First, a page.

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Chervil (Anthriscus cerefolium, Anthriscus longirostris)

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Also listed as: Anthriscus cerefolium, Anthriscus longirostris, Garden chervil
Related terms
Background
Evidencetable
Tradition
Dosing
Safety
Interactions
Attribution
Bibliography

Related Terms
  • Anthriscuslongirostris, Anthriscussylvestris, Apiaceae (former name: Umbelliferae), bioflavonoids, French parsley, garden chervil, gourmet's parsley, leaf chervil, salad chervil.
  • Note: Wild chervil (Anthriscussylvestris), also known as cow parsley, is a poisonous species and noxious weed distantly related to garden chervil (Anthriscus cerefolium) and is not included in this monograph.

Background
  • Chervil (Anthriscus cerefolium or Anthriscus longirostris) is an annual herb native to the Caucasus area, which is located at the border between Europe and Asia. Chervil, sometimes called garden chervil or salad chervil, is a member of the Apiaceae family.
  • Very popular in the 19th Century, chervil is used to season foods, such as soups, salads, sauces, eggs, cheese, and butter, and it is a commonly used in French cuisine. The young leaves of chervil smell similar to anise and are often preserved in vinegar before they lose their aroma. Chervil is typically added to foods at the end of preparation or as a garnish since cooking it may result in a loss of flavor.
  • Another type of chervil, sometimes called turnip-rooted chervil or tuberous-rooted chervil, is grown as a root vegetable. This type of chervil produces much thicker roots than the types cultivated for their leaves. Wild chervil (Anthriscus sylvestris), also known as cow parsley, is a poisonous species and noxious weed distantly related to garden chervil (Anthriscus cerefolium).
  • Historically, chervil has been used as an expectorant, aromatic, bitter tonic, digestive stimulant, and an eyewash to refresh the eyes. In secondary sources, the use of chervil has also been noted for its blood-thinning and blood-pressure-lowering properties. Chervil has also been shown to have antioxidant effects in laboratory research. Chervil is a rich source of bioflavonoids, which may aid in vitamin C absorption.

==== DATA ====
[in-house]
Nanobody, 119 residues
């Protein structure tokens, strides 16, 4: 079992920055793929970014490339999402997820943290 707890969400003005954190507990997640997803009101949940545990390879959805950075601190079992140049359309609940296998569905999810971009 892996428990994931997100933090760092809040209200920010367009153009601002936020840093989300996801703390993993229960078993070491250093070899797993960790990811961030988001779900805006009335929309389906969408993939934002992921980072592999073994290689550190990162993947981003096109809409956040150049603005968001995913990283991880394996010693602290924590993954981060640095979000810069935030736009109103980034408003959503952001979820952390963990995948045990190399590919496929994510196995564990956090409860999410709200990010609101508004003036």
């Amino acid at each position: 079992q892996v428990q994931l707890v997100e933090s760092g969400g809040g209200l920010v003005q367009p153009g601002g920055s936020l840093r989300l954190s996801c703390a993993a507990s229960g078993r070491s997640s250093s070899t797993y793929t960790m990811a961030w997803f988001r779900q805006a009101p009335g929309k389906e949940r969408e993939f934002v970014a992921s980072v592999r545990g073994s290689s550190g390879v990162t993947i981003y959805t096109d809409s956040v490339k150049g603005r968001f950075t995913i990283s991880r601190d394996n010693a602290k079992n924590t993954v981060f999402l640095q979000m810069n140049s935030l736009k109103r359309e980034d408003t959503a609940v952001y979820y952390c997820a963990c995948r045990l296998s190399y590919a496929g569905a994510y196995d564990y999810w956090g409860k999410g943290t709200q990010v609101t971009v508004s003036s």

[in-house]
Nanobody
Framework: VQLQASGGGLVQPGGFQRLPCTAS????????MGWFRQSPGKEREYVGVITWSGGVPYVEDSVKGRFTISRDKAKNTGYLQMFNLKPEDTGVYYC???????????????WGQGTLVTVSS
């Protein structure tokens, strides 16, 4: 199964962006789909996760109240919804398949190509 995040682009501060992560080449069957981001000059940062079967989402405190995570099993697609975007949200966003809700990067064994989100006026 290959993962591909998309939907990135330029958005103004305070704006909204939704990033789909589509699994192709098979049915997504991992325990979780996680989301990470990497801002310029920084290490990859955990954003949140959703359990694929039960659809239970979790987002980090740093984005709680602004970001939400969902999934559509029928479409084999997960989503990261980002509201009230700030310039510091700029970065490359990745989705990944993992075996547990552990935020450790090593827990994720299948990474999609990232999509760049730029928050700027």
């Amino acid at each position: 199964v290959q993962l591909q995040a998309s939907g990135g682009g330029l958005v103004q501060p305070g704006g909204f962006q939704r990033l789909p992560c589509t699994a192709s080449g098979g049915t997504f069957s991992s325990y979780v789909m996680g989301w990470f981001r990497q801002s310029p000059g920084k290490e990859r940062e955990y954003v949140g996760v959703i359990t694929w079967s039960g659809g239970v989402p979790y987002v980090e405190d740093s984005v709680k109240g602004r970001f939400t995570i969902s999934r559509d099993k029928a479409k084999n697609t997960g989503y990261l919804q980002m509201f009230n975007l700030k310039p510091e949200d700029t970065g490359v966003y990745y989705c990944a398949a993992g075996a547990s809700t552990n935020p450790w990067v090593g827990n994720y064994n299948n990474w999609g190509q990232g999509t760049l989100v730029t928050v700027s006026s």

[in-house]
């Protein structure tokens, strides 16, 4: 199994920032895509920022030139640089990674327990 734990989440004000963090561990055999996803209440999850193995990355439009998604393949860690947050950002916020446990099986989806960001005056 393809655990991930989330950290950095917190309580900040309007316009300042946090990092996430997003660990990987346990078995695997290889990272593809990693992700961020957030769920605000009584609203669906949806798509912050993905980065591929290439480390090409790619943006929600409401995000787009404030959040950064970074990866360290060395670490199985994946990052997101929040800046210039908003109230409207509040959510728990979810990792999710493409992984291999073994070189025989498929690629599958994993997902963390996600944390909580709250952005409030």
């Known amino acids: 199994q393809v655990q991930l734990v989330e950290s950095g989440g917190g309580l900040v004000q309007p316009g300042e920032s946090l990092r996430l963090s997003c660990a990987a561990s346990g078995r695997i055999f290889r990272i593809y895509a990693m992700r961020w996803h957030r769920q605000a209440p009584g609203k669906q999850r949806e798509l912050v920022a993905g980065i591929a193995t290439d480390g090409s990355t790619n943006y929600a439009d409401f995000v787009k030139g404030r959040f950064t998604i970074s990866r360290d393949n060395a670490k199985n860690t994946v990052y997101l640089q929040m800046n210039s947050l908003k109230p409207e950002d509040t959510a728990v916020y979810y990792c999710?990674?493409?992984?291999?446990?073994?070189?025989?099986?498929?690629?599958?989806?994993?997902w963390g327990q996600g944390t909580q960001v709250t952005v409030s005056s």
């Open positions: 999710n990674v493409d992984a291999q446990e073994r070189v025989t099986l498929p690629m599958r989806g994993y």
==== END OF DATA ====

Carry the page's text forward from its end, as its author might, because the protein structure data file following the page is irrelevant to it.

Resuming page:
• At this time, there is a lack of high-quality human trials supporting the effectiveness of chervil for any medical condition.
  • Chervil and chervil extract are listed in the U.S. Food and Drug Administration (FDA) Generally Recognized as Safe (GRAS) list. According to secondary sources, chervil essential oils may not be suitable for use in skincare products, due to the presence of irritants and toxins.

Evidence Table

These uses have been tested in humans or animals. Safety and effectiveness have not always been proven. Some of these conditions are potentially serious, and should be evaluated by a qualified healthcare provider. GRADE *
* Key to grades

A: Strong scientific evidence for this use
B: Good scientific evidence for this use
C: Unclear scientific evidence for this use
D: Fair scientific evidence for this use (it may not work)
F: Strong scientific evidence against this use (it likley does not work)


Tradition / Theory

The below uses are based on tradition, scientific theories, or limited research. They often have not been thoroughly tested in humans, and safety and effectiveness have not always been proven. Some of these conditions are potentially serious, and should be evaluated by a qualified healthcare provider. There may be other proposed uses that are not listed below.

  • Aging, animal bites, antihypertensive, antioxidant, antiseptic, blood purifier, coughs, decreased perspiration, digestive aid, diuretic, expectorant, eyewash, flatulence, flavoring agent, hiccups, insect repellant, insecticidal, mood (elevate), pregnancy, skin toner, tonic, tuberculosis, wounds.

Dosing

Adults (18 years and older)